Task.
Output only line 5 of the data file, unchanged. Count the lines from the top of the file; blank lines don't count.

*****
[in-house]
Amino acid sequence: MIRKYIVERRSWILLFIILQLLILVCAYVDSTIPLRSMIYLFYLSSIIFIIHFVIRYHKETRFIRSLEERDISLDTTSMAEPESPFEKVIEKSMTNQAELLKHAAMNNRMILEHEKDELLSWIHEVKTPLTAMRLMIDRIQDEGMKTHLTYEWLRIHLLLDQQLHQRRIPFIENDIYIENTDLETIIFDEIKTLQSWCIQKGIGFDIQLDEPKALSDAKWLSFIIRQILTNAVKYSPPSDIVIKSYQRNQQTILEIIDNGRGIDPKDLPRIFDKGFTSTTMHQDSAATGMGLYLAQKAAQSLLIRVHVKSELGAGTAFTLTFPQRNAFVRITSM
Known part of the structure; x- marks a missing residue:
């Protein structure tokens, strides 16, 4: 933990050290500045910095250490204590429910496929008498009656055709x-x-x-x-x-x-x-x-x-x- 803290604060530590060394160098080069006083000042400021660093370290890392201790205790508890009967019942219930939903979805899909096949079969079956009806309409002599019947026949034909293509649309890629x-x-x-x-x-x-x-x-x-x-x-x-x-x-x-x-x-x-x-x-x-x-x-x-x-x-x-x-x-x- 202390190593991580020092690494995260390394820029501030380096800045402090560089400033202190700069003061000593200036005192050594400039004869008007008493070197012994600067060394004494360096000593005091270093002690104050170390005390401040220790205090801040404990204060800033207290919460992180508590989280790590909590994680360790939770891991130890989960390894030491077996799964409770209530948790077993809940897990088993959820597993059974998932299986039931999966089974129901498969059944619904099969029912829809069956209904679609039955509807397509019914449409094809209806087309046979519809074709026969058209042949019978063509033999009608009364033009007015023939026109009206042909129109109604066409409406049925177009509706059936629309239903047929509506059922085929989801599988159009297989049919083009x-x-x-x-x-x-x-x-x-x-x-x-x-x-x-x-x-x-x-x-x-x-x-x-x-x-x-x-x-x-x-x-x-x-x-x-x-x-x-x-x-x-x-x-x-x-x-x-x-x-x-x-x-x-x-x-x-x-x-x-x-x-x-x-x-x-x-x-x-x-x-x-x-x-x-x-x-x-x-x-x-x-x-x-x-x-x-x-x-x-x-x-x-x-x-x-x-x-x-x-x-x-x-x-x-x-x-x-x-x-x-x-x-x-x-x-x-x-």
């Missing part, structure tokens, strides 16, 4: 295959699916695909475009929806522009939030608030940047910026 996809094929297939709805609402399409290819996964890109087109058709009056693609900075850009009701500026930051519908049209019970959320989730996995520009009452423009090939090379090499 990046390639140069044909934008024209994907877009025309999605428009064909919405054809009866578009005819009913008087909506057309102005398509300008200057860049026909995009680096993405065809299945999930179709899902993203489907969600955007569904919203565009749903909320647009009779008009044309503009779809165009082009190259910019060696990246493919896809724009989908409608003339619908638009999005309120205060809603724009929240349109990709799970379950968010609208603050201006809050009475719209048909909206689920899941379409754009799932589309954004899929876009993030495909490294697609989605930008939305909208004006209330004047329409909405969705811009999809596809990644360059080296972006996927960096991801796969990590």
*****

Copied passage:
């Missing part, structure tokens, strides 16, 4: 295959699916695909475009929806522009939030608030940047910026 996809094929297939709805609402399409290819996964890109087109058709009056693609900075850009009701500026930051519908049209019970959320989730996995520009009452423009090939090379090499 990046390639140069044909934008024209994907877009025309999605428009064909919405054809009866578009005819009913008087909506057309102005398509300008200057860049026909995009680096993405065809299945999930179709899902993203489907969600955007569904919203565009749903909320647009009779008009044309503009779809165009082009190259910019060696990246493919896809724009989908409608003339619908638009999005309120205060809603724009929240349109990709799970379950968010609208603050201006809050009475719209048909909206689920899941379409754009799932589309954004899929876009993030495909490294697609989605930008939305909208004006209330004047329409909405969705811009999809596809990644360059080296972006996927960096991801796969990590």